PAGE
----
Republican New York gubernatorial candidate accused of 'clear and convincing' election fraud

Republican New York gubernatorial candidate accused of 'clear and convincing' election fraud
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Democrats in New York State are demanding a criminal investigation into United States Congressman and Republican gubernatorial candidate Lee Zeldin's campaign for allegedly leading a "dubious petitioning effort" to add third parties to the August 23rd primary ballot in order to siphon votes away from Democratic incumbent Governor Kathy Hochul.

"The petitioning centered on statewide Republican candidates seeking to run on an additional, key ballot line in the November election by reviving the moribund state Independence Party," The Times Union reported on Monday. "A spokeswoman for the state Republican Party, Jessica Proud, confirmed to the Times Union that signed Independence Party petitions were later dropped at their party headquarters on State Street in Albany — and bound in volumes at the party office — before submission to the state Board of Elections on the May 31 deadline."

Nearly twenty percent of the 52,000 signatures needed to put "upstart third parties" on the ballot were "xeroxed copies of other, original signatures within those same records," the Times Union explained. "The copied pages were interspersed in a manner leading some election experts to conclude their inclusion may have been intentional, possibly to inflate the number of signatures to surpass the daunting new threshold of 45,000 valid signatures for upstart state parties to gain ballot access."

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The issue first came to light in June when the Libertarian Party "flagged the problematic Independence Party petition signatures," the Times Union noted.

In July, the paper continued, "the state Board of Elections found that more than 12,800 signatures submitted were invalid, including more than 11,000 that had been photocopied. With about 39,000 remaining, Zeldin and other statewide Republicans fell roughly 6,000 short of gaining an Independence Party ballot line, which in the past has helped sway certain close elections for GOP candidates."

Libertarian Party Secretary Andrew Kolstee said in a statement to The Hill at the time that “Republicans talk a lot about election integrity, but the Zeldin campaign attempted to fly under the radar and submit over 11,000 fraudulent signatures in an attempt to get a third line on the ballot, while New York’s oppressive ballot access laws, which were changed in 2020 to prevent third parties from getting on the ballot, prevent voter choice.”

State Democratic Party Chair Jay Jacobs also told the paper that "Lee Zeldin was one of the many far-right Republicans who voted to overturn the 2020 presidential election under the guise of election fraud — a dangerous conspiracy theory peddled by Donald Trump and his pawns in Congress,” adding that "Zeldin submitting 11,000 fake signatures just emphasizes his hypocrisy and proves he is willing to sell New Yorkers another ‘Big Lie’ to benefit his failing campaign."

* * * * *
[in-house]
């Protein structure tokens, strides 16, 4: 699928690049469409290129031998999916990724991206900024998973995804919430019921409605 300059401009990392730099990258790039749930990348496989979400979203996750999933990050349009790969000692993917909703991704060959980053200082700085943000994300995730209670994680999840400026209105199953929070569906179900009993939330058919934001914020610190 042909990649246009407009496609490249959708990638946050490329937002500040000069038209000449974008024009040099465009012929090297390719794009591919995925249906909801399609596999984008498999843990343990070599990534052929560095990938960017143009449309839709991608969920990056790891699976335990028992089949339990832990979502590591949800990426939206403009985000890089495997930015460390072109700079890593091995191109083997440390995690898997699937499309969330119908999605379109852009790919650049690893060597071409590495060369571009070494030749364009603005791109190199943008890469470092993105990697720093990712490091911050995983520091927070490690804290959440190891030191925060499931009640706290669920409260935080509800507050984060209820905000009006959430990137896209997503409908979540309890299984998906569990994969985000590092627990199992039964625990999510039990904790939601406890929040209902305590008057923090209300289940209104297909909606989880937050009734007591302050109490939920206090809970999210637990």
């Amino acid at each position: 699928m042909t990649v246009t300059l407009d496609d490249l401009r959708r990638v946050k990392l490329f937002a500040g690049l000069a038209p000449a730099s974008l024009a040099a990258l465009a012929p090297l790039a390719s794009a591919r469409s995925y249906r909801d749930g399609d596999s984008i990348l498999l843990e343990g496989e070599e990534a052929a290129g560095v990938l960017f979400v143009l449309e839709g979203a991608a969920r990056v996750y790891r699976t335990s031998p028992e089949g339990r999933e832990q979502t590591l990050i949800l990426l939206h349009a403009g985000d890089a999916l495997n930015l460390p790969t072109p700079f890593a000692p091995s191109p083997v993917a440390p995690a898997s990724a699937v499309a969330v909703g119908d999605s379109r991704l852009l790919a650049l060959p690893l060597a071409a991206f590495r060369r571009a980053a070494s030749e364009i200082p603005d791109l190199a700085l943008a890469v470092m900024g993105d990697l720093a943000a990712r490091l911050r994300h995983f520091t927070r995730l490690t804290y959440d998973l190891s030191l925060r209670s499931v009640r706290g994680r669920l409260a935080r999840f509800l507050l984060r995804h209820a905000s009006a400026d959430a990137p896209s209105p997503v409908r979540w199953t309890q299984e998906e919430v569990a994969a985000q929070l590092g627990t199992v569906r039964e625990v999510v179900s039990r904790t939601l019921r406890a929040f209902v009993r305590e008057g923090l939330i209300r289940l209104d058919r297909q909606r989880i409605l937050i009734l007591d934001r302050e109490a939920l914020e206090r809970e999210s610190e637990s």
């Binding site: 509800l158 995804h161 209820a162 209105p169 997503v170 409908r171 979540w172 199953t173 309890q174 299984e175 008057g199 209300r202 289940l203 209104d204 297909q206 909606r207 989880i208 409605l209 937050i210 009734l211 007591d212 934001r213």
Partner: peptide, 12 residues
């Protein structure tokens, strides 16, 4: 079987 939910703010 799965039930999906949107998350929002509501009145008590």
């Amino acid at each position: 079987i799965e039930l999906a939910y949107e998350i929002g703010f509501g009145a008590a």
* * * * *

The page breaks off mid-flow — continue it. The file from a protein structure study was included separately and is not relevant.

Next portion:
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Proud, however, maintained in her interview that the inclusion of copied signatures was "inadvertent" and was merely an unfortunate consequence of last-minute scrambling by staffers.

"Whether for record-keeping or data entry purposes, it is a very common procedure for copies to be made of petitions by campaigns and even individuals who gather signatures," she told the Times Union. "The process was chaotic and as a result, copies of the valid signatures were inadvertently included in the filing. The mistake was acknowledged and the [Board of Elections] decision to rule the petitions invalid was accepted with no further action taken."

Proud further insisted that "the GOP could not say for certain whether the volumes containing copies were assembled at GOP headquarters. She did not know where else volumes might have been bound besides that office, however, and confirmed that petition volumes are typically bound in a single location."

Zeldin's campaign offered a nearly identical defense and has accused Hochul of employing "people who hate the Republican Party" who "are working overtime trying to spin this into something it's not to distract from the very real corruption of the pay-to-play scandals that are going on inside her office."

Demands for a criminal probe have since emerged from Democratic lawmakers like State Senator Zellnor Myrie, who represents Brooklyn and chairs the State Senate Elections Committee.

"It is clear the Zeldin campaign perpetrated a fraud. Pages of valid signatures were photocopied. Thereafter, the original sheets were paginated, as were the photocopied pages. These sheets were assigned different page numbers in order to create the appearance that the pages contained separate, valid signatures. All of this was in an attempt to create the appearance that the Petition contained at least the minimum of 45,000 valid signatures. These actions are clear and convincing," Myrie wrote in a nine-count criminal complaint filing to Albany County District Attorney David Soares that was shared exclusively with City & State on August 4th.

"New Yorkers must have confidence that our elections are fair, honest and transparent. In my role as Chair of the Senate Elections Committee, I have not hesitated to defend our system of elections from spurious allegations of fraud. However, when actual election fraud appears to have occurred, as it does in this case, it is essential for the public trust that potential violations are investigated fully and swiftly," said Myrie. "For that reason, I urge you to use your powers to investigate these apparent violations of public integrity."

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